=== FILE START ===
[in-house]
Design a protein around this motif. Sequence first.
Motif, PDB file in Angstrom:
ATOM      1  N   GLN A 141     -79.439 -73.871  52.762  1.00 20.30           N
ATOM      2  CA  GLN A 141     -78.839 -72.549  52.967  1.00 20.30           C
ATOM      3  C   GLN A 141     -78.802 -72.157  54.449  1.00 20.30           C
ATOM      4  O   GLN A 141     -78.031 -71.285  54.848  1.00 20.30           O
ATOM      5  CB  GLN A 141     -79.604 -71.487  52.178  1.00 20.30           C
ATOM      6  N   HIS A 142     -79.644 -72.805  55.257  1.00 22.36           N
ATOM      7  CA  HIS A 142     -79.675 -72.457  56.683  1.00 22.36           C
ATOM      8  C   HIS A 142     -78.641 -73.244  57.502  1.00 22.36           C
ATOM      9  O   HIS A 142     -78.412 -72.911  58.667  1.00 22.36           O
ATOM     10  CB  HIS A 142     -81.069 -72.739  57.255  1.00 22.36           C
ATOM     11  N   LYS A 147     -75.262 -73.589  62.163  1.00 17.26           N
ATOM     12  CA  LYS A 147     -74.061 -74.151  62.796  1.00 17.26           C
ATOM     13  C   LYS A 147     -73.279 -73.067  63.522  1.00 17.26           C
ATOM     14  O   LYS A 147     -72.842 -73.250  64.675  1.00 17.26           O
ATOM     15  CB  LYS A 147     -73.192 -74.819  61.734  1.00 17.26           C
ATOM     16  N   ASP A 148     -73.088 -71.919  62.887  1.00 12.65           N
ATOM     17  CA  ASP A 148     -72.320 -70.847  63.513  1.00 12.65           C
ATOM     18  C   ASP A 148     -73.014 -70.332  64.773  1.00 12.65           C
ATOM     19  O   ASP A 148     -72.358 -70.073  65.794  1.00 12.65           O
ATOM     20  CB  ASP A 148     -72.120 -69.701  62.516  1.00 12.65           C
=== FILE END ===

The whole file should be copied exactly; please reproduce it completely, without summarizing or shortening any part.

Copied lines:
[in-house]
Design a protein around this motif. Sequence first.
Motif, PDB file in Angstrom:
ATOM      1  N   GLN A 141     -79.439 -73.871  52.762  1.00 20.30           N
ATOM      2  CA  GLN A 141     -78.839 -72.549  52.967  1.00 20.30           C
ATOM      3  C   GLN A 141     -78.802 -72.157  54.449  1.00 20.30           C
ATOM      4  O   GLN A 141     -78.031 -71.285  54.848  1.00 20.30           O
ATOM      5  CB  GLN A 141     -79.604 -71.487  52.178  1.00 20.30           C
ATOM      6  N   HIS A 142     -79.644 -72.805  55.257  1.00 22.36           N
ATOM      7  CA  HIS A 142     -79.675 -72.457  56.683  1.00 22.36           C
ATOM      8  C   HIS A 142     -78.641 -73.244  57.502  1.00 22.36           C
ATOM      9  O   HIS A 142     -78.412 -72.911  58.667  1.00 22.36           O
ATOM     10  CB  HIS A 142     -81.069 -72.739  57.255  1.00 22.36           C
ATOM     11  N   LYS A 147     -75.262 -73.589  62.163  1.00 17.26           N
ATOM     12  CA  LYS A 147     -74.061 -74.151  62.796  1.00 17.26           C
ATOM     13  C   LYS A 147     -73.279 -73.067  63.522  1.00 17.26           C
ATOM     14  O   LYS A 147     -72.842 -73.250  64.675  1.00 17.26           O
ATOM     15  CB  LYS A 147     -73.192 -74.819  61.734  1.00 17.26           C
ATOM     16  N   ASP A 148     -73.088 -71.919  62.887  1.00 12.65           N
ATOM     17  CA  ASP A 148     -72.320 -70.847  63.513  1.00 12.65           C
ATOM     18  C   ASP A 148     -73.014 -70.332  64.773  1.00 12.65           C
ATOM     19  O   ASP A 148     -72.358 -70.073  65.794  1.00 12.65           O
ATOM     20  CB  ASP A 148     -72.120 -69.701  62.516  1.00 12.65           C